Aliens creating jobs for at least 50 people, as attested by the Ministry of Family, Labor and Social Services may be granted Turkish citizenship. In that case, foreign investors will make an extraordinary contribution to the national economy alongside their investments.

In comparison with the Turkish system, under the Immigrant Investor US Citizenship, called “EB-5 Program”, investors may be found eligible for a Green Card providing permanent residence on the grounds of a minimum investment amount at least 900.000 USD and the creation or preservation of 10 permanent full-time jobs for qualified US workers. As easily seen, legal requirements even for US residence are higher than Article 20.

Depositing a certain amount of money

Provided that a foreigner deposits at least USD 500.000 or equivalent foreign currency or Turkish lira in banks operating in Turkey with the condition not to withdraw the same for at least three years, as attested by the Banking Regulation and Supervision Agency.

Buying a certain amount of money

Buying at least USD 500.000 or equivalent foreign currency or Turkish lira worth of real estate investment fund share or venture capital investment fund share with the condition that they are not sold for at least three years, as attested by the Ministry of Treasury of Finance.

Buying a real investment fund share

Buying at least USD 500.000 or equivalent foreign currency or Turkish lira worth of real estate investment fund share or venture capital investment fund share with the condition that they are not sold for at least three years, as attested by the Capital Markets Board of Turkey [11].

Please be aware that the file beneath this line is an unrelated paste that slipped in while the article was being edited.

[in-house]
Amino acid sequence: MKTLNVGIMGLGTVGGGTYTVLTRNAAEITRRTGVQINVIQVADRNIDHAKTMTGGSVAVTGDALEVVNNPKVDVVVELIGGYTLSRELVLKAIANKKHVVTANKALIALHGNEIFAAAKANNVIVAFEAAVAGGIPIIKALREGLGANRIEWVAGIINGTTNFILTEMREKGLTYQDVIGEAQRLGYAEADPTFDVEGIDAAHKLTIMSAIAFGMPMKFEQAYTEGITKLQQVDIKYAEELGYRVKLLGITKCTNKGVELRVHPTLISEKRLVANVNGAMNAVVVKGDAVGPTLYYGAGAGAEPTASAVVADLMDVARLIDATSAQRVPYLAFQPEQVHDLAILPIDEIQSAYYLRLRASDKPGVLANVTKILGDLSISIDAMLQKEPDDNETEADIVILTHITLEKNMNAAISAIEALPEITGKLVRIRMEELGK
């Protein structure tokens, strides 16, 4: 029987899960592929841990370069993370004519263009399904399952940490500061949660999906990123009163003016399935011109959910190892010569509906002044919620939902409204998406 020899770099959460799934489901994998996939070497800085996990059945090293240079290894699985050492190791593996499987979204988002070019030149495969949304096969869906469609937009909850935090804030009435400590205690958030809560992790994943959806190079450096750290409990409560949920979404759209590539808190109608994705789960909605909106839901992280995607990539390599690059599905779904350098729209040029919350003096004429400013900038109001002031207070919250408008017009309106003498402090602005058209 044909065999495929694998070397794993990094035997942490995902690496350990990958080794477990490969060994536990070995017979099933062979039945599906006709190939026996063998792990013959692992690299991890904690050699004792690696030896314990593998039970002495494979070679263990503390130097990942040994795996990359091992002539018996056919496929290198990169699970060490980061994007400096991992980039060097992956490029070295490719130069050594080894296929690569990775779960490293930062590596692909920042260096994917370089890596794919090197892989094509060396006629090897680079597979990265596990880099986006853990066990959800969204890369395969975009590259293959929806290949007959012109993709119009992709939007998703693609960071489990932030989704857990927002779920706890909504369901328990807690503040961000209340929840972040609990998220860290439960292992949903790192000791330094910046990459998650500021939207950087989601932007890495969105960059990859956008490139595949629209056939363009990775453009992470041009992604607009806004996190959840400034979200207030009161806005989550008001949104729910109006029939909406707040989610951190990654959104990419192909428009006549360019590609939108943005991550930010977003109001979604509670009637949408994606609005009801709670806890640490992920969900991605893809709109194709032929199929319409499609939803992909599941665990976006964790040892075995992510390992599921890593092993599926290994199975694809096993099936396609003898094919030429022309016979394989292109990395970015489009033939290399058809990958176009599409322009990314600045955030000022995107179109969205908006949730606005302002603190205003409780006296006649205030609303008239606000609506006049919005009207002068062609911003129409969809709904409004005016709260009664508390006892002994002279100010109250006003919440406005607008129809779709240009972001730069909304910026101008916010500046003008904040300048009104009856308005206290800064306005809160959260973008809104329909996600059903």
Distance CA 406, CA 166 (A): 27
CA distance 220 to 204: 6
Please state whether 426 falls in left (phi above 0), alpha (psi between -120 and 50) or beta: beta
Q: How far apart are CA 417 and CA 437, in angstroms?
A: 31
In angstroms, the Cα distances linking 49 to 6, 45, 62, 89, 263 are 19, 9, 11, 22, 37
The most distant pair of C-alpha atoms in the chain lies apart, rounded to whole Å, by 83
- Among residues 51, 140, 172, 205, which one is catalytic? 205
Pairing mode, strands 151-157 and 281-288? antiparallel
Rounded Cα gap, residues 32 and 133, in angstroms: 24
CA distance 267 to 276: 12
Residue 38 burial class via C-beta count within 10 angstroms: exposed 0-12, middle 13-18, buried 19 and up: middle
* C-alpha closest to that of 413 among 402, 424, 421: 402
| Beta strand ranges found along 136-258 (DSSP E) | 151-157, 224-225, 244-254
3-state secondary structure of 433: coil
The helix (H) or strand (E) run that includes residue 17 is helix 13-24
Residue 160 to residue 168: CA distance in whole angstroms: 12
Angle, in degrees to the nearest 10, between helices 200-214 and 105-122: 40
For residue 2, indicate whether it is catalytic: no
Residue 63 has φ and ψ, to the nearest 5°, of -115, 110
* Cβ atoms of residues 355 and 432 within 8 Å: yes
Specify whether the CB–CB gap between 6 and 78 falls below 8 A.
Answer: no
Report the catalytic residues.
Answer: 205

Depositing private pension funds

Owing to a legislative change on Article 20 of the Regulation on the Implementation of the Law on Turkish Citizenship (No:5901), a new acquisition type of Turkish citizenship entered into force in 2022. When foreigners deposit at least USD 500.000 or equivalent foreign currency or Turkish lira in the private pension system with the condition of holding this fund for three years, as attested by Insurance and Private Pension Regulation and Supervision Agency, they may gain Turkish citizenship.

Criticisms and workable solutions

It is critical to state that investor programs have been broadly criticized on legal and practical grounds. It is considered as “selling citizenship for money” and as having a negative impact on violating the reputation of citizenship. Criterias used for ordinary citizenship such as language skills of the host country or residing in the host country for a certain period of time are not seen as necessary. The idea of integration of the person with the society seems to be overestimated and the economic contribution of coming investment is considered as the pure criteria. That method is regarded, in that sense, as “commodification of citizenship” or "supranational citizenship".

Likewise, Article 12 (most part of it) and Article 20 provide fast-track naturalization for aliens on the grounds of investment. That is nothing but a pure implementation of “ius pecuniae”. The word “ius pecuniae” implies "residence by investment" and/or "citizenship by investment" to be more specific, “right of money”. It is really hard to present any objection against Andriopoulou’s idea that in certain cases, the financial situation of the candidate results in dismissing all the other parameters of administrative decision on citizenship. Rules on inclusion or exclusion to a country and consequently all rights arising from the concept of citizenship depend completely on financial concerns. The rationale of states behind the investor citizenship is to maximize financial benefit or minimize financial burden on their economies owing to or because of “the naturalized individuals”. such understanding may have a crippling impact on the nature and essence of Turkish citizenship.